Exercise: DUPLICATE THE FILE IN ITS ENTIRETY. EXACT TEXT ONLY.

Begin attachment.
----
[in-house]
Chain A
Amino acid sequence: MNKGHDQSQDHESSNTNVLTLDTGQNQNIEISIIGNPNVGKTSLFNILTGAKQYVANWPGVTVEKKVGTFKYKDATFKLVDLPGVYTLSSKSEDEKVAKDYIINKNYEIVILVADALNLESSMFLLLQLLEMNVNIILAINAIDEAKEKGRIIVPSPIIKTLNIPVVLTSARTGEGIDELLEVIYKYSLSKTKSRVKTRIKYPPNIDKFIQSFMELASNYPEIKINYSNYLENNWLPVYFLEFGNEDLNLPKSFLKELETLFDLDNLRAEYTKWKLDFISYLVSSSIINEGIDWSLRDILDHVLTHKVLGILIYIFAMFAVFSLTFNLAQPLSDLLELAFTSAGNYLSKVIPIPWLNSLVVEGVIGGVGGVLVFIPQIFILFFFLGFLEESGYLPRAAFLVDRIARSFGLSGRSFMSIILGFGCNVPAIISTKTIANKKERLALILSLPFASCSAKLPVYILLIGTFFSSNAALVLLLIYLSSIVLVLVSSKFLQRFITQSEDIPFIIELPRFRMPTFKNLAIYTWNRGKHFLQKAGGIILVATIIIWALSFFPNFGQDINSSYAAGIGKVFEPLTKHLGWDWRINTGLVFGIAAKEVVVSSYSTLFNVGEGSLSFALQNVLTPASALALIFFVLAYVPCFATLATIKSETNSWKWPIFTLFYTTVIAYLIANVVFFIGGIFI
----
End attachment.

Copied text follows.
[in-house]
Chain A
Amino acid sequence: MNKGHDQSQDHESSNTNVLTLDTGQNQNIEISIIGNPNVGKTSLFNILTGAKQYVANWPGVTVEKKVGTFKYKDATFKLVDLPGVYTLSSKSEDEKVAKDYIINKNYEIVILVADALNLESSMFLLLQLLEMNVNIILAINAIDEAKEKGRIIVPSPIIKTLNIPVVLTSARTGEGIDELLEVIYKYSLSKTKSRVKTRIKYPPNIDKFIQSFMELASNYPEIKINYSNYLENNWLPVYFLEFGNEDLNLPKSFLKELETLFDLDNLRAEYTKWKLDFISYLVSSSIINEGIDWSLRDILDHVLTHKVLGILIYIFAMFAVFSLTFNLAQPLSDLLELAFTSAGNYLSKVIPIPWLNSLVVEGVIGGVGGVLVFIPQIFILFFFLGFLEESGYLPRAAFLVDRIARSFGLSGRSFMSIILGFGCNVPAIISTKTIANKKERLALILSLPFASCSAKLPVYILLIGTFFSSNAALVLLLIYLSSIVLVLVSSKFLQRFITQSEDIPFIIELPRFRMPTFKNLAIYTWNRGKHFLQKAGGIILVATIIIWALSFFPNFGQDINSSYAAGIGKVFEPLTKHLGWDWRINTGLVFGIAAKEVVVSSYSTLFNVGEGSLSFALQNVLTPASALALIFFVLAYVPCFATLATIKSETNSWKWPIFTLFYTTVIAYLIANVVFFIGGIFI